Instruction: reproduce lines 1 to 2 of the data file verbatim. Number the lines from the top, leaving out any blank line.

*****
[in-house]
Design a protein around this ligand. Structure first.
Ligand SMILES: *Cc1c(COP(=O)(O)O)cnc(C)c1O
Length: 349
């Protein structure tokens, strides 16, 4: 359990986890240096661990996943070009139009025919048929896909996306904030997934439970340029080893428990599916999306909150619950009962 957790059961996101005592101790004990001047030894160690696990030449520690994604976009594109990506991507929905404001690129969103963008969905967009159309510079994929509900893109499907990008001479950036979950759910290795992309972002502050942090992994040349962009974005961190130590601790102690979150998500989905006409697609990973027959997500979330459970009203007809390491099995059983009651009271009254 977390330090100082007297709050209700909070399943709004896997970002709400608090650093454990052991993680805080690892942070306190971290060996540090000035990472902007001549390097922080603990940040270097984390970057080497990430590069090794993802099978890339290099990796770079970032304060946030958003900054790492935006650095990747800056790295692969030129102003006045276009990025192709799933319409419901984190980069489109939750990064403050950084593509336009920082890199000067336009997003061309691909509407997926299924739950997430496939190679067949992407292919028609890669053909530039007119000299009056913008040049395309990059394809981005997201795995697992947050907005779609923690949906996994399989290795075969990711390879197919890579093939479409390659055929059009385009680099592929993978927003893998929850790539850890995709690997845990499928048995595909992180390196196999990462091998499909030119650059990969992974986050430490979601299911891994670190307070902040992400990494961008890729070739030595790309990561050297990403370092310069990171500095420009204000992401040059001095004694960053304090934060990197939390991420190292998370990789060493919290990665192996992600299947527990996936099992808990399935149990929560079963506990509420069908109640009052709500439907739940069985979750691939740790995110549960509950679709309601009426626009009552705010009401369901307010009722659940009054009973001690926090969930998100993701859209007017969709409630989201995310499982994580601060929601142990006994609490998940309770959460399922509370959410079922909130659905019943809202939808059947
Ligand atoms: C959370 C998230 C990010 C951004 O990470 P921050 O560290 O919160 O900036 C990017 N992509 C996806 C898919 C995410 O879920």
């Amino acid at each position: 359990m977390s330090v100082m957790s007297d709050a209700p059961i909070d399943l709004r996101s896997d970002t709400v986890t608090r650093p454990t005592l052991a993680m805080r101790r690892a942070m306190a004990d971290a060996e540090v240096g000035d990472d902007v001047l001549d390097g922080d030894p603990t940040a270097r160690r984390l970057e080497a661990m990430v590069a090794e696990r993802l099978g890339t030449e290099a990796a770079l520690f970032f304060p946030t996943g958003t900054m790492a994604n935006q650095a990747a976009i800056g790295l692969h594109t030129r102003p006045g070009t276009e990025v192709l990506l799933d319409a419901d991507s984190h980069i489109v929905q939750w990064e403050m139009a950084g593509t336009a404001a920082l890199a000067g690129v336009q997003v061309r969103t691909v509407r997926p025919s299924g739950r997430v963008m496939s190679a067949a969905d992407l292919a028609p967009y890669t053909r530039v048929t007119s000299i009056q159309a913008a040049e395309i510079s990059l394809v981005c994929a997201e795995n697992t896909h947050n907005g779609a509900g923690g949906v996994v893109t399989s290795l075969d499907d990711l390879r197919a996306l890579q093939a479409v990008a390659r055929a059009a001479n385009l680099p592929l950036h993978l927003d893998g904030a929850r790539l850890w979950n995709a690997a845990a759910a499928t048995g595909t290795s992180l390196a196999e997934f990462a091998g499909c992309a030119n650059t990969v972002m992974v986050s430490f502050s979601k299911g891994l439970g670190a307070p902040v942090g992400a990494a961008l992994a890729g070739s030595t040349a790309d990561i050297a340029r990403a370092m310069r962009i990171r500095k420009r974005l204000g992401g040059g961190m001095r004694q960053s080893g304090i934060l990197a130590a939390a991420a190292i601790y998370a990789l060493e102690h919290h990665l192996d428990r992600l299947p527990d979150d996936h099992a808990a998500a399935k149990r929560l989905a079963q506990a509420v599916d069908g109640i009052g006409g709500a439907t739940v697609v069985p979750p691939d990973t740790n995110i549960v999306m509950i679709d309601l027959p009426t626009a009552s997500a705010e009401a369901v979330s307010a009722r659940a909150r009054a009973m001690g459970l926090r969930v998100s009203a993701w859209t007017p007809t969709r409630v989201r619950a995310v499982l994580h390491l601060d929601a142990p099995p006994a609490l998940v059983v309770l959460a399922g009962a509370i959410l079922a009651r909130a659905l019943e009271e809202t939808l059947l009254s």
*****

[in-house]
Design a protein around this ligand. Structure first.